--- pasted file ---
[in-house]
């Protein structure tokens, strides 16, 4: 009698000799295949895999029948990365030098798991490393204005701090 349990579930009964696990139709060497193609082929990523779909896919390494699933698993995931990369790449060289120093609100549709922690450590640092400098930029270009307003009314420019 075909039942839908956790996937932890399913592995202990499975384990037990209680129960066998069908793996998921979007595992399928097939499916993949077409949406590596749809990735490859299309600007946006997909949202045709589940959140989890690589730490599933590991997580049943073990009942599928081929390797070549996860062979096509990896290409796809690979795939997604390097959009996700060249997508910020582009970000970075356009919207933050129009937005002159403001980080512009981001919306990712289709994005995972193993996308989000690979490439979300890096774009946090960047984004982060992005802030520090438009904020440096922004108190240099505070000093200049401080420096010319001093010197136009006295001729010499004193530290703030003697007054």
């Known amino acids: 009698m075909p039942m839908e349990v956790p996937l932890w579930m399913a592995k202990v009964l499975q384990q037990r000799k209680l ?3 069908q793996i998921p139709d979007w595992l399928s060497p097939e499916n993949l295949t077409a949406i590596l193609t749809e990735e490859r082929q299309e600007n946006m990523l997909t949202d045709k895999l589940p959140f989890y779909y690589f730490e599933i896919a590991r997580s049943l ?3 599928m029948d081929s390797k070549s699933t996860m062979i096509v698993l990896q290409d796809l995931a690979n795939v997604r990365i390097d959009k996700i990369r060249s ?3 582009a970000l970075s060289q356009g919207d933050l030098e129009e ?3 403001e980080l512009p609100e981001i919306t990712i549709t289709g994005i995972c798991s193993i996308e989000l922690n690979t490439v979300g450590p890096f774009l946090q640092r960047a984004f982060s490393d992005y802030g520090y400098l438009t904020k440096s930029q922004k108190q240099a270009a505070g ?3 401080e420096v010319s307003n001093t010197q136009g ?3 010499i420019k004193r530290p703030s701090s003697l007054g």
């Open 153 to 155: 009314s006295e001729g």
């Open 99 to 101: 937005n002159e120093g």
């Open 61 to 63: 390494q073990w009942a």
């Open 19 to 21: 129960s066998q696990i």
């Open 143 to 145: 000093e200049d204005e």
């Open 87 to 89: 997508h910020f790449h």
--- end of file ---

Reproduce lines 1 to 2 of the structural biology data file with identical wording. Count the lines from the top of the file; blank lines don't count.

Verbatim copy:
[in-house]
């Protein structure tokens, strides 16, 4: 009698000799295949895999029948990365030098798991490393204005701090 349990579930009964696990139709060497193609082929990523779909896919390494699933698993995931990369790449060289120093609100549709922690450590640092400098930029270009307003009314420019 075909039942839908956790996937932890399913592995202990499975384990037990209680129960066998069908793996998921979007595992399928097939499916993949077409949406590596749809990735490859299309600007946006997909949202045709589940959140989890690589730490599933590991997580049943073990009942599928081929390797070549996860062979096509990896290409796809690979795939997604390097959009996700060249997508910020582009970000970075356009919207933050129009937005002159403001980080512009981001919306990712289709994005995972193993996308989000690979490439979300890096774009946090960047984004982060992005802030520090438009904020440096922004108190240099505070000093200049401080420096010319001093010197136009006295001729010499004193530290703030003697007054």